UITS recommends using -O2 for production runs. You can also try the -fast switch to see if this improves your code's performance.

Examples

Following are example commands for compiling optimized serial programs with the Intel compilers (compile by default in 64-bit):

  • To compile a serial C program (for example, my_program.c) and create an optimized executable (for example, my_program.exe), on the command line, enter:
    icc -O my_program.c -o my_program.exe
  • To compile a serial C++ program (for example, my_program.cpp) and create an optimized executable (for example, my_program.exe), on the command line, enter:
    icpc -O my_program.cpp -o my_program.exe
  • To compile a serial Fortran program (for example, my_program.f) and create an optimized executable (for example, my_program.exe), on the command line, enter:
    ifort -O my_program.f -o my_program.exe

To enable support for shared-memory multi-threaded (OpenMP) parallel programs, you must pass the -openmp flag to the compiler; for example:

icc -O2 -openmp my_omp_program.c -o my_omp_program.exe

For distributed-memory examples, see the MVAPICH compiler section.

NVIDIA HPC compilers

Set up your user environment

The NVIDIA HPC compilers are available on Quartz. The NVIDIA HPC package includes compilers for C, C++, and Fortran codes:

NVIDIA HPC compilers
Language Compile command Manual page
C nvc man nvc
C++ nvc++ man nvc++
Fortran nvfortran man nvfortran

On Quartz, to switch your user environment to the NVIDIA HPC compilers, on the command line, enter:

module load nvhpc

Lmod automatically replaces your current compiler environment with the new one, and activates and/or deactivates any dependent modules accordingly.

FFTW compiled with NVHPC and Open MPI is available if you also load the openmpi module. To add both to your user environment, enter:

module load openmpi fftw

Optimize your code

Use the NVIDIA HPC compiler commands with the -O option to enable various local and global optimizations.

Optimization level Description
-O0
No optimization; the compiler generates a basic block for each statement; no scheduling or global optimizations are performed
-O1
Local optimization; scheduling of basic blocks and register allocation are performed
-O
Level -O2 global optimizations are performed, including traditional scalar optimizations, induction recognition, and loop invariant motion; no SIMD vectorization is enabled
-O2
Global optimization; all level -O1 local optimizations, plus the global optimizations described in -O; more advanced optimizations, such as SIMD code generation, cache alignment, and partial redundancy elimination, are enabled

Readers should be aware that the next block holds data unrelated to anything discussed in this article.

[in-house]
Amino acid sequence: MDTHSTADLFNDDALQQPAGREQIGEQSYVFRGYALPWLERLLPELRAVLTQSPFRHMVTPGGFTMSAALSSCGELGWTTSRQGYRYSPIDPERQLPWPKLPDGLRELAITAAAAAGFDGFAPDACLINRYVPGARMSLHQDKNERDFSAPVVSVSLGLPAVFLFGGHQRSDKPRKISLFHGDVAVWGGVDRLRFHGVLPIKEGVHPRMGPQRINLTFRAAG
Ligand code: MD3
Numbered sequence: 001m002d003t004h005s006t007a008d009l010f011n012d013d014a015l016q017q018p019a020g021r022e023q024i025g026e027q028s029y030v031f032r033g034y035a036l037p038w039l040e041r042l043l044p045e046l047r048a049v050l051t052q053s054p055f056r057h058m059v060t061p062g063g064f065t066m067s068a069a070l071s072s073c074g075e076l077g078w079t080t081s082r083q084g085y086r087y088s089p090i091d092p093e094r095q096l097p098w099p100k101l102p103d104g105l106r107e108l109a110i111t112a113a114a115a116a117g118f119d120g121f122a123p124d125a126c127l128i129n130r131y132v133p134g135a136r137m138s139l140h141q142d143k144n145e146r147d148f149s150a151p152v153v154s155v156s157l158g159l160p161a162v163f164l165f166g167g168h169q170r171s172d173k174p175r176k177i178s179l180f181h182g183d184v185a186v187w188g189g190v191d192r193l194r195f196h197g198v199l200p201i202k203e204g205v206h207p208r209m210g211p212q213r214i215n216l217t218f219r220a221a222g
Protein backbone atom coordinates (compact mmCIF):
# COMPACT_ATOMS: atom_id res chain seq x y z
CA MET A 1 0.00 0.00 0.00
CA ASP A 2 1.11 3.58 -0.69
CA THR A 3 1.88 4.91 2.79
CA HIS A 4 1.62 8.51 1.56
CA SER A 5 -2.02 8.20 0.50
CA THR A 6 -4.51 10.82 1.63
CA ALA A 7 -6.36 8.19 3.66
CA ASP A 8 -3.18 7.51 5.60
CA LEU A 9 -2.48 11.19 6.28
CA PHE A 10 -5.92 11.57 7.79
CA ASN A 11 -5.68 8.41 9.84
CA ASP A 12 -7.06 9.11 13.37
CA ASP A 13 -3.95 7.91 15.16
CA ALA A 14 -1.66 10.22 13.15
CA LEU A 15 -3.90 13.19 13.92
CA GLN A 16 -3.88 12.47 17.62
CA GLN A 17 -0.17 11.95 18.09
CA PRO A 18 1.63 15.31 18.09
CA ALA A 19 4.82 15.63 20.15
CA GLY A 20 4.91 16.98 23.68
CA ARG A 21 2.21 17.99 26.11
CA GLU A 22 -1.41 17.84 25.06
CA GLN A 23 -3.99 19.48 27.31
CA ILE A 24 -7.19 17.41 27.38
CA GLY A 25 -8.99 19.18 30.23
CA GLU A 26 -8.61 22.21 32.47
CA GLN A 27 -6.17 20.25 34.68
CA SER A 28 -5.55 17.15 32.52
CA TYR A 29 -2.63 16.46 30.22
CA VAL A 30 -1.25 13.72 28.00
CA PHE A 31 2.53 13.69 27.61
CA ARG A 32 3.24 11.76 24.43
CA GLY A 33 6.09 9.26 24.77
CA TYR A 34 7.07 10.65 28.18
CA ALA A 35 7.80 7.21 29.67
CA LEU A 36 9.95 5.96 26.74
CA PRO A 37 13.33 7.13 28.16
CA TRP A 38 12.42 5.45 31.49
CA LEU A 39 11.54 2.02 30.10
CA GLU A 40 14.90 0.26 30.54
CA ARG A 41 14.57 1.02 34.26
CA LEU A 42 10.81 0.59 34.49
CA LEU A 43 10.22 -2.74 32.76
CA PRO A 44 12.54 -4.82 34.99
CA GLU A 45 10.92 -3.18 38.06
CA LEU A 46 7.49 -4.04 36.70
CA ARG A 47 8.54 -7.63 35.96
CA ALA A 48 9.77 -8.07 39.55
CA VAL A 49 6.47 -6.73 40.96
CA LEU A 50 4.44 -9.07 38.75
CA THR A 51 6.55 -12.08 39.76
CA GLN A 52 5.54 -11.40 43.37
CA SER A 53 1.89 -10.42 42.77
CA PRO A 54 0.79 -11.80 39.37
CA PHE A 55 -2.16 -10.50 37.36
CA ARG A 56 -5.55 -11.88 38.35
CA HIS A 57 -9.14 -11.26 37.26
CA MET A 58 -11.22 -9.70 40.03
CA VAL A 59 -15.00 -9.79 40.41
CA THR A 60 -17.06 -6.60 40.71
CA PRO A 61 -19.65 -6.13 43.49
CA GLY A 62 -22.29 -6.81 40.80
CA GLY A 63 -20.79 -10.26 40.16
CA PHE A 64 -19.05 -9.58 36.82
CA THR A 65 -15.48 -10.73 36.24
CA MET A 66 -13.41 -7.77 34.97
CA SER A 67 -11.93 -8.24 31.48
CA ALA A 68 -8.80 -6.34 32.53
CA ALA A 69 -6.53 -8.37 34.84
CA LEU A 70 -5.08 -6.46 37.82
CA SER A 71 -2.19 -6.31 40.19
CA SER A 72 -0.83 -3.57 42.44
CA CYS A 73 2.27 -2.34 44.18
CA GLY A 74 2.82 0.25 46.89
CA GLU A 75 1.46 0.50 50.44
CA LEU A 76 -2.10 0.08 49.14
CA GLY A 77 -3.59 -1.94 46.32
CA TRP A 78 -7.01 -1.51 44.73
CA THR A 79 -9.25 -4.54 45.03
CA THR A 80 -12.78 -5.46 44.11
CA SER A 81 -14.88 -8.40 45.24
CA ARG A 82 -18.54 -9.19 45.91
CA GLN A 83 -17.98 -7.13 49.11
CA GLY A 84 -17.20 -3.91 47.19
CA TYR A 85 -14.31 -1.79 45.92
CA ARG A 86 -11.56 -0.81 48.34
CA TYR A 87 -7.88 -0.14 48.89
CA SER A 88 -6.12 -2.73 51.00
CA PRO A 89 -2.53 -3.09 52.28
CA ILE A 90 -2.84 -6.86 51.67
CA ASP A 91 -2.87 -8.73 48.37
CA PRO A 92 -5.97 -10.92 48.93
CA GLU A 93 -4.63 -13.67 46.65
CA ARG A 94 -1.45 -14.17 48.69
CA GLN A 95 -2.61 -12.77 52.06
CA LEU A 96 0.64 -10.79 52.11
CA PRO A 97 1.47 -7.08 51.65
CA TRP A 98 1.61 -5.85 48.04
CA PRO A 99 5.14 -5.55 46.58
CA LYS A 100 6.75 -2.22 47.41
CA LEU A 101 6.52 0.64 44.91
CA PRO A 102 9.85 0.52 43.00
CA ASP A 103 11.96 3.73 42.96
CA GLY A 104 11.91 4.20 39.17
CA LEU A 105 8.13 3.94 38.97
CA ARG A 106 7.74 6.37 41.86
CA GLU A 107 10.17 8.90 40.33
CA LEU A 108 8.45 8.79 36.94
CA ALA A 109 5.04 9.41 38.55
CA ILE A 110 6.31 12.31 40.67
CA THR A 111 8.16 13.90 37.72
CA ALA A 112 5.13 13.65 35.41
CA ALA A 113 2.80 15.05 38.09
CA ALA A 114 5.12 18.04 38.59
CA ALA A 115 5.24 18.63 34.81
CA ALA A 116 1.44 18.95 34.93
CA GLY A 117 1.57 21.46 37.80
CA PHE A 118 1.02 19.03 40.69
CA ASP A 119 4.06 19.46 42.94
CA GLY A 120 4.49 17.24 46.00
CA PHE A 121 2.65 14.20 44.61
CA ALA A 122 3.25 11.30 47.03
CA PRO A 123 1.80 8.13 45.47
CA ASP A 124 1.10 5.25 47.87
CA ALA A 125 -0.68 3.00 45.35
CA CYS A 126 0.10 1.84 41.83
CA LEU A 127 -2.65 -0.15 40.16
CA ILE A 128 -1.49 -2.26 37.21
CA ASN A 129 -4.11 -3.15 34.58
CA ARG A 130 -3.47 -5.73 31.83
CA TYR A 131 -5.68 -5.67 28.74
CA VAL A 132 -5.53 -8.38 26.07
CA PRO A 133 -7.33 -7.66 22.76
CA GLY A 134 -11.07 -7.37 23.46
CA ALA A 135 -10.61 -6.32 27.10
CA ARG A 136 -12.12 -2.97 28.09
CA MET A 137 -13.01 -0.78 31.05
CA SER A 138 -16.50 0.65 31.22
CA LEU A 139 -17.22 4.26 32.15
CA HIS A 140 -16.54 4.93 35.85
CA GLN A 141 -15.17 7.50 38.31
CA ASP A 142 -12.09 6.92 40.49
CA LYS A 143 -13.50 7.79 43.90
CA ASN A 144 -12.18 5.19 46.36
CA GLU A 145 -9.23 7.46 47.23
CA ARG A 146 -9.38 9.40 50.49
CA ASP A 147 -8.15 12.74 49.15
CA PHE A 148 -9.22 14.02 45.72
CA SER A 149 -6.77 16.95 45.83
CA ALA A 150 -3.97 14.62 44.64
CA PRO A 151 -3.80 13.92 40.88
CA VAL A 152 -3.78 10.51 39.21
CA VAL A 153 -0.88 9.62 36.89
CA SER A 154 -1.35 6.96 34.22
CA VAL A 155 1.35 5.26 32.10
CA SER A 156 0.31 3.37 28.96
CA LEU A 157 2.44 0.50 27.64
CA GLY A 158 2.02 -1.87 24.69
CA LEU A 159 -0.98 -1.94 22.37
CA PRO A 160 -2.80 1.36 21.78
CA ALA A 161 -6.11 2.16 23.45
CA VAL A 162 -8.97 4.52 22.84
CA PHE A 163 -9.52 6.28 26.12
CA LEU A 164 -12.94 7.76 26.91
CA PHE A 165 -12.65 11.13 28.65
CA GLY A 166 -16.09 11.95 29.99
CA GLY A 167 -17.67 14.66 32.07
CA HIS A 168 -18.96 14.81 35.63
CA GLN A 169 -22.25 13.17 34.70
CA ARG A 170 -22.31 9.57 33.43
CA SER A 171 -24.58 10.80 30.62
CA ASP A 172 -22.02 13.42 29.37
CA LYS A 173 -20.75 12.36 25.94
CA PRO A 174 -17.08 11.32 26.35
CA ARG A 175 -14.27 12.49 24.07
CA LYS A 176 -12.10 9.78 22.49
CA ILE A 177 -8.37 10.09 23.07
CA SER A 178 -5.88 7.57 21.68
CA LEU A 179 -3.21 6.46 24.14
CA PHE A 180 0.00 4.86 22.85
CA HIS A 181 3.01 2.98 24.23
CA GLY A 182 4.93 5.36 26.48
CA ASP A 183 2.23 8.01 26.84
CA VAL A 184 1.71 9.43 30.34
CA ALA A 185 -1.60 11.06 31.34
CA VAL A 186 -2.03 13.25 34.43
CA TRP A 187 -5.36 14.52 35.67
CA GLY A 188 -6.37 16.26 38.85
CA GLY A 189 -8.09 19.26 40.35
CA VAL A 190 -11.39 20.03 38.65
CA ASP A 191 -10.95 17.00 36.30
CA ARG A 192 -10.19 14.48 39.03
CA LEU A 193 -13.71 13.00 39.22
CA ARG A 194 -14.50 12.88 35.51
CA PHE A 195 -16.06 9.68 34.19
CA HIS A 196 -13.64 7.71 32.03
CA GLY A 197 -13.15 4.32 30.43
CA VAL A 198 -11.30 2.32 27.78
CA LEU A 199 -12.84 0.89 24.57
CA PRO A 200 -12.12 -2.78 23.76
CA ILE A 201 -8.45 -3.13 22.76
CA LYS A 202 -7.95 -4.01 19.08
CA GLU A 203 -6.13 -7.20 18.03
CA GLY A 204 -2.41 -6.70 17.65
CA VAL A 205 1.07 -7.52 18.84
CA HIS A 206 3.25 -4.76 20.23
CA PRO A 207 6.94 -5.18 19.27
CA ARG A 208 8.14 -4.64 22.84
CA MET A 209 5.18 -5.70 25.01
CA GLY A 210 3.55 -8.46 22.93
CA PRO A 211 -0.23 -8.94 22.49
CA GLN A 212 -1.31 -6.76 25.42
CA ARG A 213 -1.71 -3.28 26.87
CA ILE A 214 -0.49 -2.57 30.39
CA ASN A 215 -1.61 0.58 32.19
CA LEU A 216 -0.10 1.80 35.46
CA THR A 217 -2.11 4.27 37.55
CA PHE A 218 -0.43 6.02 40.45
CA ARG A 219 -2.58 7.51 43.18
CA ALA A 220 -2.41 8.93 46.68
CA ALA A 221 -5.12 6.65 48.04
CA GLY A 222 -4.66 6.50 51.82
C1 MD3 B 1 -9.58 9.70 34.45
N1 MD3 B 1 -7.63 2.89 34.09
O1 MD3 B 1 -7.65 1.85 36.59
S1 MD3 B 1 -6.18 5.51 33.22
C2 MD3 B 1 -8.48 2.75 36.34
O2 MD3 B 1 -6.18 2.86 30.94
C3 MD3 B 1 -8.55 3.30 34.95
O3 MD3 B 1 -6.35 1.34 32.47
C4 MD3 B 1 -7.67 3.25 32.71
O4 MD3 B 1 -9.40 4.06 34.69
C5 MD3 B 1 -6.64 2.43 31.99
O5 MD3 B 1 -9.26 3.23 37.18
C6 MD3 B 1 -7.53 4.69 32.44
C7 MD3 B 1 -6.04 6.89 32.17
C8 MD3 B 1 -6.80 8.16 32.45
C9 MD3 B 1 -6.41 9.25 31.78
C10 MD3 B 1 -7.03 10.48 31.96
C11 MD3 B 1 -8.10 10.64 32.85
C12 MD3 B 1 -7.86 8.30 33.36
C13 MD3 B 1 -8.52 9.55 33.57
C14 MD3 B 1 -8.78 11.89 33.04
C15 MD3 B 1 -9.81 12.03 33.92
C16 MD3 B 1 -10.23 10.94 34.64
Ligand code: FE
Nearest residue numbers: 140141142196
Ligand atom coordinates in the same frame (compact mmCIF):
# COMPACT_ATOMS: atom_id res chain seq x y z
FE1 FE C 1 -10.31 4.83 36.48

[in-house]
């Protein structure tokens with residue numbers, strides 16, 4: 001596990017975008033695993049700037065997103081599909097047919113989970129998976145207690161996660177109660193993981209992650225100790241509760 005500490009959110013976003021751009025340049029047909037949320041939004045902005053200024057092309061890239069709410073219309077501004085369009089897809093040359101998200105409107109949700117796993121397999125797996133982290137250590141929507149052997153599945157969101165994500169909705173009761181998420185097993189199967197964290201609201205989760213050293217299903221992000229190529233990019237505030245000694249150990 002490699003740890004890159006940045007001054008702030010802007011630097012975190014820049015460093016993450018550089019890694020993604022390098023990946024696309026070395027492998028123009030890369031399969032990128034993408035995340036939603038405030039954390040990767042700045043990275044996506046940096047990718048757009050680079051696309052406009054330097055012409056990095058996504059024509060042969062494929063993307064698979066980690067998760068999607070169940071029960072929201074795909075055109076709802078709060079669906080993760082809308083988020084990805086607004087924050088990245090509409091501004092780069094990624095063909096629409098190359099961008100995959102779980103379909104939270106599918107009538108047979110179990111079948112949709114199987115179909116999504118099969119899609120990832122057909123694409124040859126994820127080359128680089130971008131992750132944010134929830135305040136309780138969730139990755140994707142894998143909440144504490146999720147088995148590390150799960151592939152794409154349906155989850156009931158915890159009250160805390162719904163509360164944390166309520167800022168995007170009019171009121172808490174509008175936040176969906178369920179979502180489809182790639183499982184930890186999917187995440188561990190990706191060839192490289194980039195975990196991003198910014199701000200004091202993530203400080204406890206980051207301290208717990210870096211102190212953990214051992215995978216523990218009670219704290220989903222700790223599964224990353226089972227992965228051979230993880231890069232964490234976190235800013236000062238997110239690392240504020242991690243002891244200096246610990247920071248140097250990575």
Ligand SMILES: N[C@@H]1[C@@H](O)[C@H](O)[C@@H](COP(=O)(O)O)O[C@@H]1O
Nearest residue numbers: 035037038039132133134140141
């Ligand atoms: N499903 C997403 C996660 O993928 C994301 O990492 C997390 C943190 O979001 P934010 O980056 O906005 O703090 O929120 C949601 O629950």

Examples

Following are example commands for compiling optimized serial programs with the NVIDA HPC compilers:

  • To compile a serial C program (for example, my_program.c) and create an optimized executable (for example, my_program.exe), on the command line, enter:
    nvc -O my_program.c -o my_prog.exe
  • To compile a serial C++ program (for example, my_program.cpp) and create an optimized executable (for example, my_program.exe), on the command line, enter:
    nvc++ -O my_program.cpp -o my_program.exe
  • To compile a serial Fortran program (for example, my_program.f) and create an optimized executable (for example, my_program.exe), on the command line, enter:
    nvfortran -O my_program.f -o my_program.exe

MVAPICH compilers

Set up your user environment

MVAPICH compilers are added to your user environment on Quartz by default. MVAPICH compiler commands are available for C, C++, and Fortran codes. The compiler commands add the necessary flags for compiling and linking MVAPICH programs, and then invoke the respective back-end compilers to perform the actual commands:

MVAPICH compilers
Languages Compiler commands Manual pages
C mpicc man mpicc
C++ mpicxx man mpicxx
Fortran mpif77
mpifort
man mpif77
man mpifort

To optimize your code, use the optimization flags that correspond to the base compiler module (GNU or Intel) that you have loaded.

Examples

  • To compile and link an MVAPICH program written in C (for example, my_mvapich_program.c), on the command line, enter:
    mpicc my_mvapich_program.c -o my_mvapich_program.exe
  • To compile and link an MVAPICH program written in C++ (for example, my_mvapich_program.cxx), on the command line, enter:
    mpicxx my_mvapich_program.cxx -o my_mvapich_program.exe
  • To compile and link an MVAPICH program written in Fortran 90 (for example, my_mvapich_program.f), on the command line, enter:
    mpifortran my_mvapich_program.f -o my_mvapich_program.exe

Get help

If you have questions about compilers on the IU research supercomputers or need help, contact the UITS Research Applications and Deep Learning team.

This is document bgyd in the Knowledge Base.
Last modified on 2021-11-02 16:54:52.